At some point in college everyone learns worst-case complexity

analysis. And for some obscure reason, almost everyone immediately

decides that it’s the perfect tool for studying the behaviour and

comparing the performance of algorithms. This is wrong. Just wrong.

1 – Worst-case complexity analysis gives you exactly what the name

implies: a majoration (order of magnitude) of the worst possible

case.

Unless that result is proven to be tight, i.e., there is an

example of some input that actually makes the algorithm achieve

the worst case, you can’t really be sure of anything. If a

procedure is O(n^2), it is also O(n^3); you need the tightest

possible order, not “the best currently known result”. Thus,

unless you can also tell something about the best-case complexity

— which is usually ignored — you may be avoiding an O(n^3)

algorithm that someone will one day prove to be O(n^2).

2 – Lets assume, for the sake of argument, that a given algorithm A is

O(n^2), and that this result is tight. Two questions arise:

a) How frequently does this happen?

Knowing that there exists some input on which algorithm A will

behave quadratically doesn’t really tell you much. You need to

know more, specifically about the conditions on which *you* are

going to apply the algorithm.

For one, even if you must assume random input, and thus the

possibility of achieving the worst possible case, unless you

know that it occurs frequently, you may probably apply the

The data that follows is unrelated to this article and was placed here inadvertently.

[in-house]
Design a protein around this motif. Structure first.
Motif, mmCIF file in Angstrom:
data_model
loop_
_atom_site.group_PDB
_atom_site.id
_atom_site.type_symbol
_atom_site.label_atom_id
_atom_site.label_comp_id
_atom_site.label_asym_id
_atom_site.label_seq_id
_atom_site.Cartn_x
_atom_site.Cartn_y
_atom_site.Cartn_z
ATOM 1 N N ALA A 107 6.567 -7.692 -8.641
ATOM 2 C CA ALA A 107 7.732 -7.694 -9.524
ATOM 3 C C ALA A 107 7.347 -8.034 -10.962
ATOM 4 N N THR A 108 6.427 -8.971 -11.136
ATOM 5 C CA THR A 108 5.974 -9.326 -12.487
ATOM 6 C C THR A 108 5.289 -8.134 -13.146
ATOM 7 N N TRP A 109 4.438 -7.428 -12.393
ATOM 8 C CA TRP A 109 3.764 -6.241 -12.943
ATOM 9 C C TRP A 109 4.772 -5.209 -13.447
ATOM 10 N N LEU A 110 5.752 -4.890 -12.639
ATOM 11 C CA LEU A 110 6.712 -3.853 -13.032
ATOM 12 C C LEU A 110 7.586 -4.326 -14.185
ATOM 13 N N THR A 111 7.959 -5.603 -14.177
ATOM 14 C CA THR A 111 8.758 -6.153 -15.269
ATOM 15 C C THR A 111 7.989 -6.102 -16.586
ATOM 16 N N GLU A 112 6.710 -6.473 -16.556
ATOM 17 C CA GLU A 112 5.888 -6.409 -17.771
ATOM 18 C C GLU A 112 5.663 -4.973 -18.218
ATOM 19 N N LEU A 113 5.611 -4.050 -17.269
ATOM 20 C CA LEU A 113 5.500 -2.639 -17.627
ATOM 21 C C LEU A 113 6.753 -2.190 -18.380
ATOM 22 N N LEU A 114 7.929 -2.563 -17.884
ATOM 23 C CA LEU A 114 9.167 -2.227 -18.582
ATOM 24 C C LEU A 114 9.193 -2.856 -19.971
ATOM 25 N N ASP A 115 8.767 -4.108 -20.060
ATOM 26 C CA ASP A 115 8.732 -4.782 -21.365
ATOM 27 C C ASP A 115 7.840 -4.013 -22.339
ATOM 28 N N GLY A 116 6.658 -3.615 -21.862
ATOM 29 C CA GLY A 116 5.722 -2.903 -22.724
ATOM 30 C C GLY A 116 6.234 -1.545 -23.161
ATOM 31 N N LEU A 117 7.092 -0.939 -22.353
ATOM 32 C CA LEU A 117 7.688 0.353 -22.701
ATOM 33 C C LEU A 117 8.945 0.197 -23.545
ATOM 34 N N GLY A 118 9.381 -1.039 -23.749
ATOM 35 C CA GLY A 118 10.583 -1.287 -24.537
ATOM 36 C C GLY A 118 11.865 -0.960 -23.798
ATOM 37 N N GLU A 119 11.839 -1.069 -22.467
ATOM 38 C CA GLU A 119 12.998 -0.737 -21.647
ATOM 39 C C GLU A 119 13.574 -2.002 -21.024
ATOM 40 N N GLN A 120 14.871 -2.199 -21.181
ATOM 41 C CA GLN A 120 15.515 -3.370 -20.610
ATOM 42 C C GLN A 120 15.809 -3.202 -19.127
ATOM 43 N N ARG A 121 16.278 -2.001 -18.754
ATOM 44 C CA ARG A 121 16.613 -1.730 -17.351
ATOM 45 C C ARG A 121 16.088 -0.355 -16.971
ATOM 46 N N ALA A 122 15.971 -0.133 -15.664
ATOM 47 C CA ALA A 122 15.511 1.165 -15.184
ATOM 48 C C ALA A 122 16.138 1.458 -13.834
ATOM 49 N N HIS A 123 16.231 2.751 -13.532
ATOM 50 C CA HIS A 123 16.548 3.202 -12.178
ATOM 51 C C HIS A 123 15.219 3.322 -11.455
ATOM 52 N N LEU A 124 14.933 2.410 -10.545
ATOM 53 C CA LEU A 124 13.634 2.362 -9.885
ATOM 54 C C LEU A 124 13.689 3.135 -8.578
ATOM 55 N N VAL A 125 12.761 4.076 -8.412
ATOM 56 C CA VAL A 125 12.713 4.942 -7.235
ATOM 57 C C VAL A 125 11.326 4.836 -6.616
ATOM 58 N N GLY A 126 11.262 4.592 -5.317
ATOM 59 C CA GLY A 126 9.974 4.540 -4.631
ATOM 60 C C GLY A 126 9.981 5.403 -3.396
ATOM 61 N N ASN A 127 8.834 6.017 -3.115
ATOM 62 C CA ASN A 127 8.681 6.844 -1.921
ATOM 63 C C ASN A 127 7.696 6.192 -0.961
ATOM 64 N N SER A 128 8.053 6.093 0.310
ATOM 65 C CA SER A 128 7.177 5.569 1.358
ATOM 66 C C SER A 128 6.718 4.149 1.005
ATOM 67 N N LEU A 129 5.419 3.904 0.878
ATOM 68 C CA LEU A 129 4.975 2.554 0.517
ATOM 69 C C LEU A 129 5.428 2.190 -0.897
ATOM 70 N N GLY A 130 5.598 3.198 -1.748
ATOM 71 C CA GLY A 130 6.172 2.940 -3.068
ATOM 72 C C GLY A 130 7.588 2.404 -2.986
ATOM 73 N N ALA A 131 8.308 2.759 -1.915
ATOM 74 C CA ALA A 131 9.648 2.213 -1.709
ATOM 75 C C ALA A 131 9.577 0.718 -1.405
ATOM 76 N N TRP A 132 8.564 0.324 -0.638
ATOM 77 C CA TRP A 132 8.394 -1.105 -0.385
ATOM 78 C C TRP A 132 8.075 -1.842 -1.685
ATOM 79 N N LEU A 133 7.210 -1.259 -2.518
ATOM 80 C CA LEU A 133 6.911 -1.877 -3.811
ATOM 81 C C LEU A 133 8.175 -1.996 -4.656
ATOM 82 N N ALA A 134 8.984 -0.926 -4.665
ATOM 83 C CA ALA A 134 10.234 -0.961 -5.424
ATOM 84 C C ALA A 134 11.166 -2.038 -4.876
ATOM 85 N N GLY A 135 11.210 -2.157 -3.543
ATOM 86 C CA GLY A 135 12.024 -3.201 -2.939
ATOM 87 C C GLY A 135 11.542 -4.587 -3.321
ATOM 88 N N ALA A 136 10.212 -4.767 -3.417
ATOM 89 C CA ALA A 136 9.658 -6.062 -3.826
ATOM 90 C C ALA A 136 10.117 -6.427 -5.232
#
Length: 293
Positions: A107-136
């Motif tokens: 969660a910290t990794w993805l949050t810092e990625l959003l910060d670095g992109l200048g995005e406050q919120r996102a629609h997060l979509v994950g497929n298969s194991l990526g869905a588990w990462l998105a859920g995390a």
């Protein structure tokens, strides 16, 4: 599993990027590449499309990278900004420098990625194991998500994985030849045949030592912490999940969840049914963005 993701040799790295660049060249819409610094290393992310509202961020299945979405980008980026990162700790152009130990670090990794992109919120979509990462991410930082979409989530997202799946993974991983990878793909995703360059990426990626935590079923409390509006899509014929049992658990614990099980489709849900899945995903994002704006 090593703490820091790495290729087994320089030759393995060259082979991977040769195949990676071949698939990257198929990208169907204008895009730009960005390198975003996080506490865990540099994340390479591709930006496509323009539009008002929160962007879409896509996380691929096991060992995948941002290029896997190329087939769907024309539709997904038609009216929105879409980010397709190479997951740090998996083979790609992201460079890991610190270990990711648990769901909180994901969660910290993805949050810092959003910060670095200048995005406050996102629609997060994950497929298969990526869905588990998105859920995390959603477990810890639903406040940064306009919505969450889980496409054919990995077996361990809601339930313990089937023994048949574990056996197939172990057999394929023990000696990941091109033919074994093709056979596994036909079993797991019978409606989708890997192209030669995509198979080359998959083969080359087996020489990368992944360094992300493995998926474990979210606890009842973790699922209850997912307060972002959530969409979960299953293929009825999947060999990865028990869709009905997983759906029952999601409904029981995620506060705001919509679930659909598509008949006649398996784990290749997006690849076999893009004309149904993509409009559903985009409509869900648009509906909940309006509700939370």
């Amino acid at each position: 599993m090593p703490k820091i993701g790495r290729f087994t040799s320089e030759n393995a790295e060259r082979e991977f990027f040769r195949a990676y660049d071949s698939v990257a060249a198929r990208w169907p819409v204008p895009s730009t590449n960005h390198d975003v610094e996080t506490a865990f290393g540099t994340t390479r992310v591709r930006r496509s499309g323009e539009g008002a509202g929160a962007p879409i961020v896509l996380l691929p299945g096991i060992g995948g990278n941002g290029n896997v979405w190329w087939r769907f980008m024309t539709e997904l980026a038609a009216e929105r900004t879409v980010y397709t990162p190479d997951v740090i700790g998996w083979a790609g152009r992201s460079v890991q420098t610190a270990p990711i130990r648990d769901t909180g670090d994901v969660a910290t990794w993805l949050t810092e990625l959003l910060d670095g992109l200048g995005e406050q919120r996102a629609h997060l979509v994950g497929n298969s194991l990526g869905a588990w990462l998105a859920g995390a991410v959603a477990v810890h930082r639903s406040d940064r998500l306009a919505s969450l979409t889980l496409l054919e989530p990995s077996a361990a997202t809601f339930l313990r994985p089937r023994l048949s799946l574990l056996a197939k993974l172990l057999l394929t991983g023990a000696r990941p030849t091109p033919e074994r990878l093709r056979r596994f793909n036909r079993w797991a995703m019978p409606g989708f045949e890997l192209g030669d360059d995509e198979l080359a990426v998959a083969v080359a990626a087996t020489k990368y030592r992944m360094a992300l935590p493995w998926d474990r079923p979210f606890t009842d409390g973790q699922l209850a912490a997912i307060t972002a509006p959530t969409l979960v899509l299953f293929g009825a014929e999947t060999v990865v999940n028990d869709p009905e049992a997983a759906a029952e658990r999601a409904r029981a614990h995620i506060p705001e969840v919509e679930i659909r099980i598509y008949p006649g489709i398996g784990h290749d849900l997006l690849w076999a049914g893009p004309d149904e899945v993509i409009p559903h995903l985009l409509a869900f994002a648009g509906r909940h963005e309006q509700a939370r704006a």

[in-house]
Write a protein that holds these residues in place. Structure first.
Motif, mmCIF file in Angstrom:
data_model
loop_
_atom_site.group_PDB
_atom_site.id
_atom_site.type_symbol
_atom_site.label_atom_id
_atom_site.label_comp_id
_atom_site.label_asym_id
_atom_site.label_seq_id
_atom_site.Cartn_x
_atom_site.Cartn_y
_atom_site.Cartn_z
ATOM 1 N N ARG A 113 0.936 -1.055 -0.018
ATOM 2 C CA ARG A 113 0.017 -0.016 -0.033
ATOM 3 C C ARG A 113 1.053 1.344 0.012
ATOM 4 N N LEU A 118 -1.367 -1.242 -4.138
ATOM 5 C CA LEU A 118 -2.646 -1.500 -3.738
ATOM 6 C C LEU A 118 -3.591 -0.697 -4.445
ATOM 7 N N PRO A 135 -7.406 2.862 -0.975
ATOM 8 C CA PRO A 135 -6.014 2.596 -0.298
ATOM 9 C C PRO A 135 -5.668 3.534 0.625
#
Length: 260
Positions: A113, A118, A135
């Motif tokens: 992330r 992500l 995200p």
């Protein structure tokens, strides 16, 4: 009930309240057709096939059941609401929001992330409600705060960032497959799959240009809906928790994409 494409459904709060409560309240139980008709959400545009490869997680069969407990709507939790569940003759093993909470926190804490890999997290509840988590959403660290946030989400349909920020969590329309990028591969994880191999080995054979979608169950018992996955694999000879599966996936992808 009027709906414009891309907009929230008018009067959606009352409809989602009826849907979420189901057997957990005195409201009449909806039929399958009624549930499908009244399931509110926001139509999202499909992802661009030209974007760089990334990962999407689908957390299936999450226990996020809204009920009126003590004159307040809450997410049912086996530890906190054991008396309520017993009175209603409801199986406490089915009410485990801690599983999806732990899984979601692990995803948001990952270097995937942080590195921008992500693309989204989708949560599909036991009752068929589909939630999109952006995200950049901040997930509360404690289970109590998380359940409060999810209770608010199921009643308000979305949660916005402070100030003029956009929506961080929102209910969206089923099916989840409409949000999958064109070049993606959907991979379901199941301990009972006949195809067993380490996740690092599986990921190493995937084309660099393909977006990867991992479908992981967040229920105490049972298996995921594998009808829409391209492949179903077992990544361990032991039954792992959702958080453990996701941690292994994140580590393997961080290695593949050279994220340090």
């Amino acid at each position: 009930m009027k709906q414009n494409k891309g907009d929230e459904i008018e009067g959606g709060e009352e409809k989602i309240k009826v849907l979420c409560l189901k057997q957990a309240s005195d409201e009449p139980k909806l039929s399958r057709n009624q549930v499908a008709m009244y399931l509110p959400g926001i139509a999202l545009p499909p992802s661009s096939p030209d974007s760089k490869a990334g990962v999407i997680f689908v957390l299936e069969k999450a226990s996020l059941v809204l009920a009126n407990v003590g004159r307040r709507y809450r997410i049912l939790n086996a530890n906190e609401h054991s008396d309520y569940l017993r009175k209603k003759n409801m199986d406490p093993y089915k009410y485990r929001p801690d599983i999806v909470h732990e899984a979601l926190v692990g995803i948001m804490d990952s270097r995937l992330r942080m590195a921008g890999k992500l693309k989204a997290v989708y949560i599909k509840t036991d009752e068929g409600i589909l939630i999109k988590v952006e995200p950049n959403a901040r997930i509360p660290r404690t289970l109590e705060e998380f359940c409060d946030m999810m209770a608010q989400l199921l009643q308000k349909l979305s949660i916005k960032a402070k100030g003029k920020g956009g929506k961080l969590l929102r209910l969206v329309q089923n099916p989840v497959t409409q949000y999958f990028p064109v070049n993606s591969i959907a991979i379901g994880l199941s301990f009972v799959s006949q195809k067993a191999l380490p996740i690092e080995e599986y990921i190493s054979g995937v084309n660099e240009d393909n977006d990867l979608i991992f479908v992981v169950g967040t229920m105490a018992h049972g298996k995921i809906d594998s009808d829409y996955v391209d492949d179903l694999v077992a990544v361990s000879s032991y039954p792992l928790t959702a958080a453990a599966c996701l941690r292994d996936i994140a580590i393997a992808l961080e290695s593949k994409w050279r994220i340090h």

algorithm safely. Take for example the simplex algorithm. It’s

exponential in the worst case, but the worst case is so rare

that it is one of the most popular algorithms for linear

programming. You must also consider the particular environment

on which you are go use the algorithm. If you actually take

some time to think, you will find out that on several occasions

you have to consider only a subset of all possible inputs, and

maybe avoid the worst possible scenario.

b) How big is your *real* input?

Remember that the big O notation provides only an upper bound

on the growth rate and assumes that the size of you input will

tend to infinity. Now seriously, does the input of your

algorithms always go to the infinity and beyond? So why are you

choosing the perfect algorithm for a harder scenario?

3 – Constants can make a big difference

We always throw away constants when doing worst-case

analysis. They are useless, right? Well, I disagree. Consider

two algorithms, A1 and A2, such that A1 is O(n log(n)) and A2

is O(n^2). It’s pretty simple, right? A1 is faster than

A2. Well, think again, but this time a little harder. Actually,

what you know is that the asymptotic growth of A2 surpasses

that of A1. This analysis assumes that the size of the input

tends to infinity. What if you know that you will never have an

input such that n>100? What if on top of that, that big O

notation is hiding the constants 8 from A1 and 1/8 from A2?

Suddenly, in real life, a quadratic algorithm is faster than a

logarithmic one…

And for the record, I have a pretty good example of this

scenario using finite automata: a DFA with 100 states is huge

on many setups. A blind implementation of the “fastest n log(n)

algorithm” can be rather disappointing when compared to a

simple quadratic approach.

My point is: worst-case complexity analysis is a tool. Just as

best-case complexity, average-case, amortized analysis, etc. It is a

good thing to know it and to use it, but by all means it’s not the

answer to all problems!

Blindly choosing an algorithm simply based on a worst-case complexity

result will probably do you more harm than good. When implementing an

algorithm, it is crucial to know you setup: what kind of input can you

expect, equivalent algorithms available, tailor-made options, specific

optimizations, hardware you will be using, etc., etc.